Creating a poster from a book cover
May 21, 2014 10:24 PM   Subscribe

I really want to create a poster from a blown up book cover, but I don't have a big enough image file. Might an academic library loan help me track down the book?

I would love to create a poster from the cover of the 1972 Polish edition of The Cyberiad by Stanislaw Lem.

I want to make it in A2 size, as an Etsy poster I'm also buying is that size. However this site says that the resolution I would need (2592x1944) is much bigger than the existing image I have. (Using Google search by image unfortunately shows that this image is the biggest scan online.) So I need a bigger scan.

1) Would a typical scanner be able to scan resolutions approaching 2592x1944? If not, would a custom print shop be able to do that?

2) The correct edition is available in many academic and similar libraries in the US, according to WorldCat (you have to click on "just this edition"): Harvard, Princeton, Yale, Library of Congress, Duke, Emory, Brown, Madison, Champaign-Urbana, etc. However, nothing in Southern California, unfortunately, where I live. Would these libraries ever ship a book of theirs to a library they might not be directly related to?

3) Is there another way I could get my hands on a copy/scan of the book that I'm not thinking of?
posted by lewedswiver to Grab Bag (7 answers total) 2 users marked this as a favorite
I can't answer the scanning/resolution questions, but libraries do indeed loan books to other libraries regularly. Check the website for your local public library (or academic if you have an affiliation with a college) and look for information on Interlibrary Loan. There will likely be a fee.
posted by kbuxton at 11:08 PM on May 21, 2014

The book's illustrator was Daniel Mróz. Perhaps there is an archive of his work somewhere containing a larger version of this image but there may be copyright considerations.
posted by islander at 11:20 PM on May 21, 2014 [1 favorite]

As far as the scanning question, most typical household scanners these days can scan up to 600dpi. So as long as the book cover is at least 4.3x3.2 inches (which I think is a safe assumption), you should easily be able to get the scan resolution that you need. Assuming you can get your hands on the book.
posted by mekily at 11:47 PM on May 21, 2014

My experience making posters out of CD cover art says you'll start running into limitations caused by the printing process before you run into limitations of the scanner. 600 dpi will be enough to get as good as you can get. This cover looks like a good candidate for enlargement though. It seems to be all solid colors, black, white, and yellow.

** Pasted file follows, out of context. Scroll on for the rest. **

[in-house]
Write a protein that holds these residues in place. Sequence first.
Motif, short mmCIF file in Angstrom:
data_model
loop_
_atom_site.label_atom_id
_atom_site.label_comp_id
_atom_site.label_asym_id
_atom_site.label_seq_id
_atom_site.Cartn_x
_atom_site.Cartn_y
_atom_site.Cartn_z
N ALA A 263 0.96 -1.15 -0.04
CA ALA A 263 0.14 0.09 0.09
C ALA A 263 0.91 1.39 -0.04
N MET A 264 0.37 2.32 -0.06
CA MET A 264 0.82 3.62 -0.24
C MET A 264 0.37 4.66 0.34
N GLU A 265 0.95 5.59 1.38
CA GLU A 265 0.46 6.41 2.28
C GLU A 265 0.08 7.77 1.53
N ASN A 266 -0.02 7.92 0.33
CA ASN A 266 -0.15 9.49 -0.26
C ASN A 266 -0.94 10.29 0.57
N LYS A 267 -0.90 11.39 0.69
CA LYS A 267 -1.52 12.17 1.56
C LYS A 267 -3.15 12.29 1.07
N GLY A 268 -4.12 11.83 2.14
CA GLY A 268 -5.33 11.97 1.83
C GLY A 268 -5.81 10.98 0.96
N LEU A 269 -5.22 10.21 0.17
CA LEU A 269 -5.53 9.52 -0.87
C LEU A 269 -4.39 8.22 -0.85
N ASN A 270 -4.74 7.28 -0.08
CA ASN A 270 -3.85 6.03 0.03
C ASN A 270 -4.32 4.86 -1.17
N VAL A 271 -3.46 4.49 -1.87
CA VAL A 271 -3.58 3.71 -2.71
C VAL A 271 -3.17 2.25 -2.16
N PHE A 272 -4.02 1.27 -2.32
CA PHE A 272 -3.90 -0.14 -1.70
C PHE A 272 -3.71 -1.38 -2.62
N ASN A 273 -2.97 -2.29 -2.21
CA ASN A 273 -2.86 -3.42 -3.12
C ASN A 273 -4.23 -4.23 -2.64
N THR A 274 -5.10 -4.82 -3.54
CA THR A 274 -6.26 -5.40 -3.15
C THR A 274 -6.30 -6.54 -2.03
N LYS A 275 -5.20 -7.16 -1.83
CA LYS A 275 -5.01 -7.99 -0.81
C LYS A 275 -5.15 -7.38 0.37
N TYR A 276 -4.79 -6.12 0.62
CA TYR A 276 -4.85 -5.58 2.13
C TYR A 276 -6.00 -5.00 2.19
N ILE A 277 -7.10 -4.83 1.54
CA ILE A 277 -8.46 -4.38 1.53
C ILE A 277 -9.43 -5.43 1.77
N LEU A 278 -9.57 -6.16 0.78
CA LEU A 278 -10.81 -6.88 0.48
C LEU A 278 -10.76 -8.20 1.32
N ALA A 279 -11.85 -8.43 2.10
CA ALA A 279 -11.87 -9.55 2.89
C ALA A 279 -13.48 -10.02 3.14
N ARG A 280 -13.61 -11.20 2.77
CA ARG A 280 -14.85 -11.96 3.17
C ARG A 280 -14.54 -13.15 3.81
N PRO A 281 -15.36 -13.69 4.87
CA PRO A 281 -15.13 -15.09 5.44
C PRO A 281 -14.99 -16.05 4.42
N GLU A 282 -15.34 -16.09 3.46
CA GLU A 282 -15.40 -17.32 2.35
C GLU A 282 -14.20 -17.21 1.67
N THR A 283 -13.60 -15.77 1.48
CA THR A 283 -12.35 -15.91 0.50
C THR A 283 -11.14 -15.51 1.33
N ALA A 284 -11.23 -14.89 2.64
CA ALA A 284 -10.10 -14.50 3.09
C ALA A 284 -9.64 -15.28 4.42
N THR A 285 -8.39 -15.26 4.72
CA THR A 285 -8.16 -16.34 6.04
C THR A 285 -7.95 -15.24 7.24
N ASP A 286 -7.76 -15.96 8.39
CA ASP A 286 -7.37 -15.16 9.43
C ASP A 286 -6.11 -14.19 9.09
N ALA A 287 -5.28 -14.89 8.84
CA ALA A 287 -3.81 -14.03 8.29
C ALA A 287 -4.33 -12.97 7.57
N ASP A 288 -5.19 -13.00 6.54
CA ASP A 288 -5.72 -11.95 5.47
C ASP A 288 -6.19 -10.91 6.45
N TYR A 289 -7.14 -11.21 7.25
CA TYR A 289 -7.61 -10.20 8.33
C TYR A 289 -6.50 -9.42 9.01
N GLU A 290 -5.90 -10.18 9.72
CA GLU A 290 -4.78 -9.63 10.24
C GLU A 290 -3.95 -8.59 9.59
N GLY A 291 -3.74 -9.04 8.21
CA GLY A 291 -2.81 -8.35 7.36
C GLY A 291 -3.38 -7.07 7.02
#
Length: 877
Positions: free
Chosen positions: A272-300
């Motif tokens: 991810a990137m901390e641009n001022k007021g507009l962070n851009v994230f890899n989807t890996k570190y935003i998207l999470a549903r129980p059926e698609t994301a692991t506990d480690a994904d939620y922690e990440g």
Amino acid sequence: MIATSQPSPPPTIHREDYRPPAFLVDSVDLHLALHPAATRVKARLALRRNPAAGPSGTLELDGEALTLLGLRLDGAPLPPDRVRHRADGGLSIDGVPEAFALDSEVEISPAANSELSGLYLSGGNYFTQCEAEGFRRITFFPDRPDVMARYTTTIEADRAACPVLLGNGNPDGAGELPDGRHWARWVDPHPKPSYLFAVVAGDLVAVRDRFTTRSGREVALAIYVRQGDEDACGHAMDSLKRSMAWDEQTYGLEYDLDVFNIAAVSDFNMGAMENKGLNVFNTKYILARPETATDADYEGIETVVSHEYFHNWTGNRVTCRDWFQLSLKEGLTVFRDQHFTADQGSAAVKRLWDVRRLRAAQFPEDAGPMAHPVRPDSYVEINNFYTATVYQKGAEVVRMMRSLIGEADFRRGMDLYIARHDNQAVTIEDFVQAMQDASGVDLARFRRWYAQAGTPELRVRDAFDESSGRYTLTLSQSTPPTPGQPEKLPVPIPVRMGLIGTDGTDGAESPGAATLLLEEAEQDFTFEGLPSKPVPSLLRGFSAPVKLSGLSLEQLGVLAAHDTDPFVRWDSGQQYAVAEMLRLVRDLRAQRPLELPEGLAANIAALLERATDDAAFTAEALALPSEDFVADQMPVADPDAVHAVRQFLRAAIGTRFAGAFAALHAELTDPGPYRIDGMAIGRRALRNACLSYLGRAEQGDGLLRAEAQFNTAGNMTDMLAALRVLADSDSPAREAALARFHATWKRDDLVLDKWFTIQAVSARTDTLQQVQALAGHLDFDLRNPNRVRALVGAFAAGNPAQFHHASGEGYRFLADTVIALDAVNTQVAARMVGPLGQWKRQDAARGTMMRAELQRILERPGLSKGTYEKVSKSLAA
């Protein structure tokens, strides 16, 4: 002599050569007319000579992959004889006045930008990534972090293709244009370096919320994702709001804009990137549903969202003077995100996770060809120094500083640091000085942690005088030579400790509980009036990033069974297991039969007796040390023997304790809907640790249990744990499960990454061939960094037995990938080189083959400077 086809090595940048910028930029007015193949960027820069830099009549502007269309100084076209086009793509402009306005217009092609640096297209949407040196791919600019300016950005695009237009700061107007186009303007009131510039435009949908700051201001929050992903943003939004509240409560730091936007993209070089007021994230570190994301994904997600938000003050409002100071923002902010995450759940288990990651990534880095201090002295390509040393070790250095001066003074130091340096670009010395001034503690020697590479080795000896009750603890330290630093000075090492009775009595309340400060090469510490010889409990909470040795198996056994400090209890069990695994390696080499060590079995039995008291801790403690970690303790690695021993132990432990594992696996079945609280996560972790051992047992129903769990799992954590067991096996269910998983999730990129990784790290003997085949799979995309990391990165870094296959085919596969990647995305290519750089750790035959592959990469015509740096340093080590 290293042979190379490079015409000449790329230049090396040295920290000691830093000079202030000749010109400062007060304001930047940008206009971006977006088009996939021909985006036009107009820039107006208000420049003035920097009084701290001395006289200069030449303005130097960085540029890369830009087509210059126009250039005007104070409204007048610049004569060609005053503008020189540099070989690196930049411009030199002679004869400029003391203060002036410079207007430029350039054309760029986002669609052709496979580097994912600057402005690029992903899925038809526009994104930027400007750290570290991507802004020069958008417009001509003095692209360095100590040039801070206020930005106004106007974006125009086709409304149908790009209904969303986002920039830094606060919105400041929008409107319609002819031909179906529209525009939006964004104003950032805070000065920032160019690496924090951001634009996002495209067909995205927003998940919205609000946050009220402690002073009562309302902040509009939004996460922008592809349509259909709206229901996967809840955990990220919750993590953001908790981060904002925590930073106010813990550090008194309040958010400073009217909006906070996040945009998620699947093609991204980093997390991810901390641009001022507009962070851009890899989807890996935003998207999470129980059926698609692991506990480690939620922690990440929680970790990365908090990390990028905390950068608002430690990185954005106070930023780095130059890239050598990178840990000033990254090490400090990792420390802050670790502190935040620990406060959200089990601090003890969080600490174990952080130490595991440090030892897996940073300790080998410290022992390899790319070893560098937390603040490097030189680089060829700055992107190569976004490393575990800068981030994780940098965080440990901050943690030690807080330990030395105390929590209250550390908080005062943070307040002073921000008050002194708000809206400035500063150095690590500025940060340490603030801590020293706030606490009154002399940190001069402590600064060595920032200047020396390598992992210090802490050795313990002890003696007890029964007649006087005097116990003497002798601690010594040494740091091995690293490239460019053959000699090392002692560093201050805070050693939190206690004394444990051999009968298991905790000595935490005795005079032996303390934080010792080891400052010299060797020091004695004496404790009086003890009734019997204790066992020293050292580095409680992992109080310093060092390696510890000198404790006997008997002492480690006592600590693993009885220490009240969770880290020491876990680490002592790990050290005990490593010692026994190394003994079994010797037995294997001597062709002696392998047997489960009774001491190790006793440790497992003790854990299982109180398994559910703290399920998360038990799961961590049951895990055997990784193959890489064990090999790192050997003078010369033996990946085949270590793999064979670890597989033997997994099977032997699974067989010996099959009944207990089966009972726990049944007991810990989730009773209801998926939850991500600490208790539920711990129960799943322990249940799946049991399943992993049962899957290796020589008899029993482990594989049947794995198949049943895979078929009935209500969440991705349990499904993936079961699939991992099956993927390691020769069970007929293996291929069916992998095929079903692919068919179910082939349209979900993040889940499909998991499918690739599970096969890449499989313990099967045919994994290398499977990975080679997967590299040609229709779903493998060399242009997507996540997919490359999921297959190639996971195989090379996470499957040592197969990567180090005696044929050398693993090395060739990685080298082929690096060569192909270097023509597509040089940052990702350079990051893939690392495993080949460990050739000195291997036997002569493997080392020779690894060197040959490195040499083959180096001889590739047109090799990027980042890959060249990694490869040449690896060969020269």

Technically I believe making this poster would be copyright infringement, though the chances of any action are pretty much zero.
posted by aubilenon at 12:51 AM on May 22, 2014

If you are looking for another way to obtain a copy of the cover of that edition of The Cyberiad, a full page photo of that cover appears in the rather extraordinary book Tysiąc polskich okładek / One thousand Polish book covers. You can actually see that book cover in one of the photos of the book in this blog post about Tysiąc polskich okładek. While this book doesn't appear to be in a library close to Southern California, it looks like you can purchase a copy for about $40 total including international shipping to the US if you are willing to wait two weeks or so.

However, aubilenon's correct regarding copyright, as Daniel Mróz died in 1993, this particular cover of his won't be in the public domain until January 1, 2064 in Poland (70 years after his death) and January 1, 2068 in the US (95 years after publication).
posted by RichardP at 1:12 AM on May 22, 2014 [3 favorites]

Libraries will absolutely loan the book out through interlibrary loan across the country (our library has even done it internationally!)--just ask your local library to assist. Unless it's in a special collection, in which case it might be ineligible for ILL.

Copyright issues aside, I will say that if the book's cover is printed on a paper dustcover, then most academic libraries will have discarded the dust cover. Public libraries may have discarded it, or put a clear protective cover over it. If it's printed directly on the book's cover, then libraries may have put stickers with call number or library information over the image. So don't assume that the copy of book you get will be suitable for scanning.
posted by telophase at 8:07 AM on May 22, 2014

Yeah, a lot of the books I get through Interlibrary loans have no dust jacket; nothing but a weirdly generic plasticized-fabric cover. Aside from no art on the cover, there are often no words except for the title on the spine.

You might have better luck trying to find a large coffee table book with covering the subject of artistic book covers--something with an image of the book cover inside.
posted by blueberry at 11:15 AM on May 22, 2014

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